As waters warm Arctic fish populations change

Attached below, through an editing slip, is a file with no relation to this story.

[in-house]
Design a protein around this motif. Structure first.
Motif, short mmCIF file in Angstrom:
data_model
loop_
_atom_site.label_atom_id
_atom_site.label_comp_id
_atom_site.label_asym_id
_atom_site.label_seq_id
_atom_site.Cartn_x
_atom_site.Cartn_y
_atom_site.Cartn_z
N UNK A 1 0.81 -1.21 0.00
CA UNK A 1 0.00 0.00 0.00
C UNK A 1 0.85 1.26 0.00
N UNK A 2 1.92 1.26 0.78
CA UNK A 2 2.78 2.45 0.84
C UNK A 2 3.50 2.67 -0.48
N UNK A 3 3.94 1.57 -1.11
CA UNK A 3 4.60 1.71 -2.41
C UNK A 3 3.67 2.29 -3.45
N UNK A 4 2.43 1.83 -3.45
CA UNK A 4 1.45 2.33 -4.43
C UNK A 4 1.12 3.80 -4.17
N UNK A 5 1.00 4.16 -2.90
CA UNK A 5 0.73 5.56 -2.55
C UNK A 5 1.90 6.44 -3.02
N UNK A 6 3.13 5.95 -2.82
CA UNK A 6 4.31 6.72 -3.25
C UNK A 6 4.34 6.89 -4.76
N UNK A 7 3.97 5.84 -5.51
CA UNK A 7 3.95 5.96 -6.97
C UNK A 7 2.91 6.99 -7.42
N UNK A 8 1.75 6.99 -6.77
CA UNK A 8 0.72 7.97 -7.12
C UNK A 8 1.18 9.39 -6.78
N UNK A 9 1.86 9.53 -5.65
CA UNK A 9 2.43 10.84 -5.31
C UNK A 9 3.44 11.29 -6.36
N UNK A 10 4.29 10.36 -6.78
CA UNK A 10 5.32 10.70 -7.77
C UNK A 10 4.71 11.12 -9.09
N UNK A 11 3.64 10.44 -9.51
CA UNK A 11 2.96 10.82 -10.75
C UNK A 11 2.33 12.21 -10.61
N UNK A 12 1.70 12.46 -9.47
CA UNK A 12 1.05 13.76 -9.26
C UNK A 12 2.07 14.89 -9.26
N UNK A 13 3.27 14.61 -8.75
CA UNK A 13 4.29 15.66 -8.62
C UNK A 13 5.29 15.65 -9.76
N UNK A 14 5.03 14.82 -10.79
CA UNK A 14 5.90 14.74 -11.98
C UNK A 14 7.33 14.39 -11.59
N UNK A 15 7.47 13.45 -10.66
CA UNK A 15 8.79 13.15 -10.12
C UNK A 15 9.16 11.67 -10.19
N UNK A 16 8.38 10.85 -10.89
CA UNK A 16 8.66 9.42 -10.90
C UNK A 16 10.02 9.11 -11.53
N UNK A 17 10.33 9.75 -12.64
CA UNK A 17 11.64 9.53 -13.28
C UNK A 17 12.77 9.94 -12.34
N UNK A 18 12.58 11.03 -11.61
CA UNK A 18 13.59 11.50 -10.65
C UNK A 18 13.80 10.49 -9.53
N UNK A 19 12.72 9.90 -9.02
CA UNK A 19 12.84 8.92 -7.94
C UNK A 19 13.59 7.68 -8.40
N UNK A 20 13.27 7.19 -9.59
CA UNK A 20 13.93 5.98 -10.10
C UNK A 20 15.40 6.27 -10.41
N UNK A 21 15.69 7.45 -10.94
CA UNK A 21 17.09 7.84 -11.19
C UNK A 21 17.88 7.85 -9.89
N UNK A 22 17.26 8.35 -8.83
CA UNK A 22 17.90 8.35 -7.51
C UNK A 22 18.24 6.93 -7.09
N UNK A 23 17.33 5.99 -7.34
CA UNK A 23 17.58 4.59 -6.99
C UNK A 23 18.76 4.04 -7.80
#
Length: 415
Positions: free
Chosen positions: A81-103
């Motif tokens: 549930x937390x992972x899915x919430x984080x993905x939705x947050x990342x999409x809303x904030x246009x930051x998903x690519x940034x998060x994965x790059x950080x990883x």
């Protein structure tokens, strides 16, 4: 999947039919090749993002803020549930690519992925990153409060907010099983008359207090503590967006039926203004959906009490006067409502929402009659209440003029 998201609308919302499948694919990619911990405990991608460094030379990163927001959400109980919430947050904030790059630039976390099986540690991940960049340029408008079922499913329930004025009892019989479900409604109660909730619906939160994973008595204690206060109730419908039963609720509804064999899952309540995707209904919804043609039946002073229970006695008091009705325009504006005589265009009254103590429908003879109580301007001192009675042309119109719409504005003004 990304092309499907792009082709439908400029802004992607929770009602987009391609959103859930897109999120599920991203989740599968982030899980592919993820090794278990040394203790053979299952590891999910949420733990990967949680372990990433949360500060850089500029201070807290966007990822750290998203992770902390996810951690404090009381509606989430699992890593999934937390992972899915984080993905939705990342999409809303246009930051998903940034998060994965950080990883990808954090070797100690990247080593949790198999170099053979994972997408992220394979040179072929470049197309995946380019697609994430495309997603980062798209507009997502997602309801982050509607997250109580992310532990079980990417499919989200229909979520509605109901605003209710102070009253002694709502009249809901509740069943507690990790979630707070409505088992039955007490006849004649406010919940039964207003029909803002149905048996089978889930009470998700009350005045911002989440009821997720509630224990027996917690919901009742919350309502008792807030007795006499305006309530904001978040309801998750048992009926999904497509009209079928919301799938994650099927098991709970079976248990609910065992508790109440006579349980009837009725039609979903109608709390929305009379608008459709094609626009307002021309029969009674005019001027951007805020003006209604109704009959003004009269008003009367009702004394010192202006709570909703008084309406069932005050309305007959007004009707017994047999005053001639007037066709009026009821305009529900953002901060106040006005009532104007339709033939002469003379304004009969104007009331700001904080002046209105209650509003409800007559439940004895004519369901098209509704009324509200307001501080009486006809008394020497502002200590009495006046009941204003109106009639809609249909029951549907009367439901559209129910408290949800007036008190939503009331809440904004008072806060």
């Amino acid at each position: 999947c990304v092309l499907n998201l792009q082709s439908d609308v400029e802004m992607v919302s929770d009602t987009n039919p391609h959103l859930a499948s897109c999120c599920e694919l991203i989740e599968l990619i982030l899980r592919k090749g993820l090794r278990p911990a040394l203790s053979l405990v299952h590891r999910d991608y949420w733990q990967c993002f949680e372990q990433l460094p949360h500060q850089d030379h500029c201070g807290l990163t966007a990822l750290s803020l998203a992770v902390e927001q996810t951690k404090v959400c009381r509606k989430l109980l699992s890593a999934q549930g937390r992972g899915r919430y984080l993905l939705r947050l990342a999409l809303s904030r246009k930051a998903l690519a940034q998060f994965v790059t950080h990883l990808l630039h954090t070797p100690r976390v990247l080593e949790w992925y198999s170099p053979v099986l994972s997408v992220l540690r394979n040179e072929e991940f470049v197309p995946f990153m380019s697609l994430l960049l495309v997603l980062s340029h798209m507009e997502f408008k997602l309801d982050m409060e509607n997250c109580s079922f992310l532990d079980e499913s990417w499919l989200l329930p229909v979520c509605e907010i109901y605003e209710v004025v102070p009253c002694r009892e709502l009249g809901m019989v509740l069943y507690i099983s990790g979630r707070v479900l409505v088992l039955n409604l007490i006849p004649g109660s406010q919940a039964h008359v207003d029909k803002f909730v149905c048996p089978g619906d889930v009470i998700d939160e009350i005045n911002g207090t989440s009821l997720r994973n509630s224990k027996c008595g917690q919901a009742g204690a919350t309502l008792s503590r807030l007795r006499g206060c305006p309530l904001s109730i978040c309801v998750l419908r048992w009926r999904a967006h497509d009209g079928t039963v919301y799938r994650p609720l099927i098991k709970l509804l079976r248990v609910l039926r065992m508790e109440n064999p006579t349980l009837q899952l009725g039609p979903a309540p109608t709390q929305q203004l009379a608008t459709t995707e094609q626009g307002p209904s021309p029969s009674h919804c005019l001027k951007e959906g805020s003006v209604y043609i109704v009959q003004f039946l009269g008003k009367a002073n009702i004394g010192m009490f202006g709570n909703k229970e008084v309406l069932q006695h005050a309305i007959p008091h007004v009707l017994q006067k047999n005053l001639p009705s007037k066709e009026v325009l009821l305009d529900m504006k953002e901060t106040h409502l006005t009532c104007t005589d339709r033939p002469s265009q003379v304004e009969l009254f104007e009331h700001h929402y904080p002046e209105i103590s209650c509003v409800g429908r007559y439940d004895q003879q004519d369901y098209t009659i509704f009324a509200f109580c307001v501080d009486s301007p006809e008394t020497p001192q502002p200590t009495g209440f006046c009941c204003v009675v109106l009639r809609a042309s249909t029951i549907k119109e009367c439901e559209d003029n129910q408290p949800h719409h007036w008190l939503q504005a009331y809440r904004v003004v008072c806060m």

first_imgA new report shows more fish are moving to Arctic waters. The U.S. Geological Survey and the Bureau of Ocean Energy Management teamed up to create the inventory, which describes more than 100 species of fish found in the Chukchi and Beaufort Seas — including 20 species new to the region.Download audioArctic cod is an important part of the marine food web. (Photo courtesy of NOAA)The Alaska Arctic Marine Fish Ecology Catalog for the Beaufort and Chukchi Seas has been a long time coming. Biologist Milton Love has been working on the project since 2009. He says both Arctic seas appear to be changing.“We’re starting to see either new introductions of temperate fishes from the south or at least larger numbers of them, particularly in the Beaufort Sea,” said Love.At this point, Love isn’t sure what these changes mean for fish traditionally found in the Arctic. Since the area has historically been difficult to sample, it’s hard to establish if fish are coming from the south, growing in population, or both.One species that could be affected is Arctic cod, a major player in the marine food web. Love says the species does better in near-freezing water.“If ice becomes less predominant over time and waters warm, then perhaps Arctic cod will not do as well,” he said. “There are a number of predatory birds and mammals that certainly feed in great quantity on Arctic cod.”If those species aren’t able to eat anything else, they could be impacted, too.Because of the importance of Arctic cod, the team analyzed the effects of a warming climate on the species as well as its major competitor – saffron cod. As temperatures rise, both species will likely shift north. That would expand the range for saffron cod, but restrict the range for Arctic cod.Love sees a wide range of uses for the new report, from evaluating environmental impacts on the region to monitoring changes in fish distribution and managing fisheries. It also includes traditional Iñupiaq names to improve communication between researchers and local communities.last_img read more